Integrating KBE and PLM Through a Service Oriented Architecture
Licentiate thesis, 2009
Globalization has made a large impact on product development, especially in mature businesses such as the automotive and aerospace industries. As product and manufacturing technologies become more common and widespread, the competitive advantage for many companies shifts to knowledge about using those technologies. This knowledge is based on many years of experience and relates both to the product design and to the process for designing and manufacturing the product. Engineering knowledge thus is an asset that needs to be captured, stored and managed, which provides strategic long-term benefits.
In parallel, IT tools for storing and executing different kinds of knowledge, such as expert systems for diagnosis or rule-based systems for mechanical design, have been developed and are more usable and accessible today. In the field of engineering, rule-based applications are available in many IT tools for computer-aided design (CAD), computer-aided engineering (CAE) and so on. The term knowledge-based engineering (KBE) was coined in the mid-1980s as a label for the CAD-integrated applications for designing rule-based geometries. There is no widely accepted definition of the term. In this thesis KBE embraces the capture and reuse of engineering knowledge in general, regardless of domain of application.
The focus of this thesis is on how KBE, both as an IT application and as a method, is integrated with the product development process. The focus has been on integration of KBE with product lifecycle management (PLM) which embraces methods and IT tools for managing product and process information throughout a product’s lifecycle. KBE should be an integral part of PLM in the same way as CAD, CAE, PDM and so on. The thesis considers architectural issues in order to investigate which conceptual solutions for the PLM architecture are the most suitable for integrating KBE and PLM.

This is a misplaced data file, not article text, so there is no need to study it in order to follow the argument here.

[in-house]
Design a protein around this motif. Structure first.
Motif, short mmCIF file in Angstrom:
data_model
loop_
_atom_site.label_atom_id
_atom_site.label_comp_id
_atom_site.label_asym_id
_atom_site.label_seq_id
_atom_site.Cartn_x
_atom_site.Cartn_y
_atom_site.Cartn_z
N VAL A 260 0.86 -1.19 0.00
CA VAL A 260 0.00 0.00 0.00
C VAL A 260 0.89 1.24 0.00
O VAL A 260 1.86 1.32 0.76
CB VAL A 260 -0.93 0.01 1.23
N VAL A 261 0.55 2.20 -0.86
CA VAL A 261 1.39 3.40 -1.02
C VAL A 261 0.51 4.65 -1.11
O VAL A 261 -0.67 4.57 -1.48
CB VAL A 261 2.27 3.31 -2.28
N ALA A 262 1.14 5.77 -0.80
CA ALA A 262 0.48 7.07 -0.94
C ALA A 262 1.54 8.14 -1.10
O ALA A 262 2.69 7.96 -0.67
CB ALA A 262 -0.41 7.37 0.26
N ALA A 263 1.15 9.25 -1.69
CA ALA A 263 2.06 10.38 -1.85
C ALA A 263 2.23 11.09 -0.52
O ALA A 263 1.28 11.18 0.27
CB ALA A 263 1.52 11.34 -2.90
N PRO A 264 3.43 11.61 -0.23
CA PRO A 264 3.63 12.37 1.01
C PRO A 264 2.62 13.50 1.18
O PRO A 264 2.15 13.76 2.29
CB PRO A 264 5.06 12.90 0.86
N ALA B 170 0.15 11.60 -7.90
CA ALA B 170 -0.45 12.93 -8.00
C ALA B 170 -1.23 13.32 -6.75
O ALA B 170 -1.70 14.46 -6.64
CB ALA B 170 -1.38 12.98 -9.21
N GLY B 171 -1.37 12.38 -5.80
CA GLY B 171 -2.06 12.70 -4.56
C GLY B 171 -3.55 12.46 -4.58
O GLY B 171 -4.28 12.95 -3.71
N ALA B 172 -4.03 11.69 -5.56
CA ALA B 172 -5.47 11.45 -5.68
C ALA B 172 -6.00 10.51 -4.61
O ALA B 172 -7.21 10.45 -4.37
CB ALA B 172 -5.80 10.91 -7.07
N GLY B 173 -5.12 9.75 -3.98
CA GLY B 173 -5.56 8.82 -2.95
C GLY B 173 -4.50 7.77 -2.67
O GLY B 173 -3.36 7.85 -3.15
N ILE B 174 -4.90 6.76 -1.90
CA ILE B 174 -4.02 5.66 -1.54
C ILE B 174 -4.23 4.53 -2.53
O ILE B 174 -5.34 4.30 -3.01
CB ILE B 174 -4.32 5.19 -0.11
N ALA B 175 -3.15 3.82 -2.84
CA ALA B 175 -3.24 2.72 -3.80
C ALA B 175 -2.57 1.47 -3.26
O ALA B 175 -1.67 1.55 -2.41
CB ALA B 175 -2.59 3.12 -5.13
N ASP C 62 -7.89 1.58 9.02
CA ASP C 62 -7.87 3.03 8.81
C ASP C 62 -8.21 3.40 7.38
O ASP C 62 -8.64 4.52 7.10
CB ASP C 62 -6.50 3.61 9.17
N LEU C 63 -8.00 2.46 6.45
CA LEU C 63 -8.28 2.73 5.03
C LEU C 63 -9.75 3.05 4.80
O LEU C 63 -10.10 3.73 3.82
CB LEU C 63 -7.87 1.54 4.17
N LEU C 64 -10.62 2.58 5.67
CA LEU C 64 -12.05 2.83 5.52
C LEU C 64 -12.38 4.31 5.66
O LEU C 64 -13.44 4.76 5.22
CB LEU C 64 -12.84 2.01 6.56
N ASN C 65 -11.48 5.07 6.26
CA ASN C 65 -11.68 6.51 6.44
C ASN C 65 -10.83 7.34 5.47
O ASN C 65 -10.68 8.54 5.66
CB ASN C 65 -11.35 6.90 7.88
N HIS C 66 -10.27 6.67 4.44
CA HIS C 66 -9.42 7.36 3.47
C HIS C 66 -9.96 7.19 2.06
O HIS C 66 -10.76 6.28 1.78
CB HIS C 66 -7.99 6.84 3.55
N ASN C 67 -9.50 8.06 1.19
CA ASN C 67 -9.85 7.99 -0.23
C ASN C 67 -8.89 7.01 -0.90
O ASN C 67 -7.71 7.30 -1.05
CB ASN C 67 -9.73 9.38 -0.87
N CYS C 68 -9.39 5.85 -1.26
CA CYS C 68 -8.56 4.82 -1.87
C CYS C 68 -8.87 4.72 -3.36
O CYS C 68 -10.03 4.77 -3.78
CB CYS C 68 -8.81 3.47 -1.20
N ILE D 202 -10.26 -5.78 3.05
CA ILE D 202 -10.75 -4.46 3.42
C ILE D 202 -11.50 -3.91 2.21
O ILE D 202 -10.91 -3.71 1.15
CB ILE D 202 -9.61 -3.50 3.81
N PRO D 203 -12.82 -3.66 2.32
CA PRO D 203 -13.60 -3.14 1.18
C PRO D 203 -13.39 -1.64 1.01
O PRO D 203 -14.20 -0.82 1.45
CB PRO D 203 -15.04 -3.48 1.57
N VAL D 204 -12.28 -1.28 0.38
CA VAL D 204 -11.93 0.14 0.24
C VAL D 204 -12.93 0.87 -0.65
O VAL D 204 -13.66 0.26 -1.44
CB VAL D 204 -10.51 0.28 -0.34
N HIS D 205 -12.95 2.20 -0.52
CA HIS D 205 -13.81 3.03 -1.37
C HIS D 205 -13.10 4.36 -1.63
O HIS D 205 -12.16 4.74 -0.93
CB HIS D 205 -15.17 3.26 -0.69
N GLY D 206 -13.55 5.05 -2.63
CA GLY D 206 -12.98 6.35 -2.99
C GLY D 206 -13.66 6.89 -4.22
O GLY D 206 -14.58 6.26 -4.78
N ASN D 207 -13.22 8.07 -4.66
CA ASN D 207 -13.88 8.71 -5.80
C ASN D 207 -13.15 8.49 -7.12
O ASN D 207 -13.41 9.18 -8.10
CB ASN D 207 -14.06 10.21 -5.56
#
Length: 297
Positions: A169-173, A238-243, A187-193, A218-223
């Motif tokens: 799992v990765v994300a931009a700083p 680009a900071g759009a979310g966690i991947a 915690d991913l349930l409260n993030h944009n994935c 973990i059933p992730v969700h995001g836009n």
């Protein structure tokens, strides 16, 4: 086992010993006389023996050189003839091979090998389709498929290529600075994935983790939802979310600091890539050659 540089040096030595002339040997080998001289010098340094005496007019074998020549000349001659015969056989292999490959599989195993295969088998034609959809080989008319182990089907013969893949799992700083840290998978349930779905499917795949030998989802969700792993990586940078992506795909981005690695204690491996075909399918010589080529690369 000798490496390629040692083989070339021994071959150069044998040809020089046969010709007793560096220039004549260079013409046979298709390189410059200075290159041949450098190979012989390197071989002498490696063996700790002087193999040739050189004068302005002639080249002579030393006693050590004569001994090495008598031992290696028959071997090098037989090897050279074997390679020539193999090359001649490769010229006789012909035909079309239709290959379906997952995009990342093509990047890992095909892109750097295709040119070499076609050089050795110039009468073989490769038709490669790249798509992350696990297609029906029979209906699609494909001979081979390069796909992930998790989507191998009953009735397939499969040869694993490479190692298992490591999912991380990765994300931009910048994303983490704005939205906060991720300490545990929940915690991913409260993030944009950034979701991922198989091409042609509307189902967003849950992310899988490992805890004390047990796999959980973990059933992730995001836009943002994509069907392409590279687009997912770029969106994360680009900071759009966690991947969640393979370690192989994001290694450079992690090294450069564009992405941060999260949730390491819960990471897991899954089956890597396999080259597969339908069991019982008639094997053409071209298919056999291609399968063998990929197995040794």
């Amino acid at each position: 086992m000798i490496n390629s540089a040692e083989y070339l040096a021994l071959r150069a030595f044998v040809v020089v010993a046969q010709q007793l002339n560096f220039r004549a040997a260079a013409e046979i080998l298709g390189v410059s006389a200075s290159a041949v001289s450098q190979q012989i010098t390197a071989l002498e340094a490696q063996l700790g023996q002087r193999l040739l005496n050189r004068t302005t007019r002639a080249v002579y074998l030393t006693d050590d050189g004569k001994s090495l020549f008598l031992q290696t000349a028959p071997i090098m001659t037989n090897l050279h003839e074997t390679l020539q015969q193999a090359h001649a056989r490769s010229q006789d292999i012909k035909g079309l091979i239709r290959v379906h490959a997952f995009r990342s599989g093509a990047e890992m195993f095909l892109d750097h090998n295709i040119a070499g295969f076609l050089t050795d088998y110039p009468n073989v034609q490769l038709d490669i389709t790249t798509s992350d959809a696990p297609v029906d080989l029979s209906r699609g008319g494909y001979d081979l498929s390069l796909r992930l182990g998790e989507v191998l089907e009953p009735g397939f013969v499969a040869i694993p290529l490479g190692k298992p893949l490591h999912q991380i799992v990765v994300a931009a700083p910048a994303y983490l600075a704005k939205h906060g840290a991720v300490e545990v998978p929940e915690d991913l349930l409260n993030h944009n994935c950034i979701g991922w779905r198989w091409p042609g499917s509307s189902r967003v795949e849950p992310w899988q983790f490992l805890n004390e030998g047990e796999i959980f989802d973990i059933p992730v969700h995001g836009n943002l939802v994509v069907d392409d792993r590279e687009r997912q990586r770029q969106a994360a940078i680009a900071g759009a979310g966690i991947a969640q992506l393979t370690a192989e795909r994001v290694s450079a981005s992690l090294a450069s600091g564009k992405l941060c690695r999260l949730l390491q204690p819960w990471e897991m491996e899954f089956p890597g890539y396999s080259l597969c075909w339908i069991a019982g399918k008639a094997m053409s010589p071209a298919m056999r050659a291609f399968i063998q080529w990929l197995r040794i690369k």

It is concluded that a service-oriented PLM architecture is the most promising integration concept, not only from an IT perspective to integrate KBE with CAD, CAE, PDM and so on, but also from a process perspective to ensure optimal support for the way engineering knowledge can be captured and reused in the product development process. The service-oriented architecture is based on standardized interfaces which support the exchange of data across applications, and modularization which supports increased reuse of solutions. From an implementation point of view, it makes it possible to create KBE applications of any size, without the need to duplicate information that already exists somewhere else – thus decreasing the implementation costs. The ability to create KBE applications at a low cost raises the potential to integrate KBE with the product development process, since engineers can create their own small applications without having to organize large IT projects.
Two other PLM architectures, single-source architecture and a peer-to-peer architecture, have been studied and both entail disadvantages, not only for the integration of KBE but also for management of IT. The main drawback of the single-source architecture is related to its implementation, as a “one application fits all engineers” mindset is impossible to implement in practice. In the peer-to-peer architecture every new IT implementation brings about large costs and requires many resources, which affects the possibility to support the idea of each engineer making a small KBE application that adds to a bigger whole.
service oriented architecture
product development process